On or before Jan. 15, Saddam Hussein may choose to deliver a version of the following speech: "In response to the earnest entreaties of my Arab and Moslem brethren throughout the world, in answer also to the specific recommendations of Iraq's many friends in Europe and Asia, appreciating the interventions of the holy father in Rome and the secretary-general of the United Nations, I have decided to withdraw my armies from Kuwait, a territory that legitimately belongs to Iraq. The withdrawal will begin on Jan. 25 and conclude on Feb. 1. The sacrifice is being made for one reason only, to help our suffering Moslem brethren now enslaved by Israel. I take for granted that the world will now give heed to their pleas for justice, that efforts will be made also to end the unjust rule of the plutocrats who controlled Kuwait until we forced them to flee. Our sacrifice is great; it is justified only by the conviction that winning the world's support for the human rights of millions of our imprisoned and impoverished brethren will at last follow."

Should such a statement not be made, President Bush may choose to deliver a version of the following speech in the fortnight after Jan. 15: "In the last hours, in accordance with the resolutions passed by the United Nations, a massive air attack has been launched against Iraq. Every effort has been made to spare the civilian population of that unhappy country, and the attacks have concentrated wholly on military targets in Iraq, effectively knocking out its air and missile power, reducing to negligible proportions its very substantial atomic, chemical and biological weapons potential. We have also attacked Iraqi installations in Kuwait, with major offensive military capabilities, but have not, to this date chosen to engage the Iraqi forces there by a direct military assault on land. Our interest has been to spare the lives of Iraqi soldiers, forced to serve, as it has been to spare the lives of our own volunteer armies."

If the first scenario, or some version of it, is in fact realized, Saddam Hussein will have saved his military capability for another day and will almost certainly retain his power as head of one of the greater military machines of our time. If the second is accomplished, President Bush will have achieved a victory rather like that of Margaret Thatcher in the Falklands with what he presumably and confidently hopes will follow: a new lease on his diminished presidential authority based on a vastly increased American public approval.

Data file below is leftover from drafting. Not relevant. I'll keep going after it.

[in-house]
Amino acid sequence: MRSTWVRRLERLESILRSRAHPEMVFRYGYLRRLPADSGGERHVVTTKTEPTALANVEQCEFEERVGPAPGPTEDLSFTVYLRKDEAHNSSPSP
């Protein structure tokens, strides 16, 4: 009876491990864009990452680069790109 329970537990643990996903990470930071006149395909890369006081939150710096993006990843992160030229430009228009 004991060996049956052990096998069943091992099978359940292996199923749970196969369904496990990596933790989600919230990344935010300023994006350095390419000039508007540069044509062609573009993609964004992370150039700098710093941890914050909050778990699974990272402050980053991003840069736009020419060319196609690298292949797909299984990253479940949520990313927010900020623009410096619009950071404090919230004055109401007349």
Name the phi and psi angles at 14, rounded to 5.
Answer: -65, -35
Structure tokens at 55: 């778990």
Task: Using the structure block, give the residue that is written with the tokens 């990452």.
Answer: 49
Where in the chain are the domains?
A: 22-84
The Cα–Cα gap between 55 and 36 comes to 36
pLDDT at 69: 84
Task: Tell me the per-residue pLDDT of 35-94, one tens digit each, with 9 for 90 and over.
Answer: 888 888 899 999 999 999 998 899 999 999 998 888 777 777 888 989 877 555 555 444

One or another of these scenarios is indeed possible; neither, however, is likely to provide durable or lasting results. In the year 1991, more significant events may be anticipated in that other disintegrating and crumbling economy, that of the Soviet Union, only temporarily pushed aside from center stage.

An Arab leader who knows that there is no way for his forces to be rapidly re-equipped as Nasser's were within months of their obliteration by Israel -- precisely because the Soviet Union has ceased to be the reliable supplier of first resort -- will not casually choose a course that risks the wholesale destruction of his military hardware, the imagined military equivalent of the thermonuclear capability of others. If he is foolhardy enough to risk such a loss, he must expect an American military response based on a preponderant concern to minimize American battlefield casualties.

When one considers that even presidents Roosevelt and Truman, fighting a war with objectives understood and overwhelmingly supported by the preponderant part of the nation, chose always military courses calculated to save American lives, there is no reason for the Iraqi dictator to assume that President Bush will be more foolhardy, accepting major confrontation on the ground, where the hazards of unacceptable numbers of American dead and wounded are greatest.

The president, looking ahead to 1992, is interested in another kind of victory, much like that of Mrs. Thatcher, achieved also at a time when her political fortunes were at a low ebb. A decisive military victory at small cost in American lives that wins enthusiastic public approval even of those who doubted its possibility cannot fail to appeal to a nation told for too long that it was losing its industrial and organizational edge. Whether it also instructs the nation in more profound truths about itself but also about an international system in profound disarray, where repression and terror may soon take on a wholly new lease on life, is much less certain.

The writer is editor of Daedalus, the journal of the American Academy of Arts and Sciences.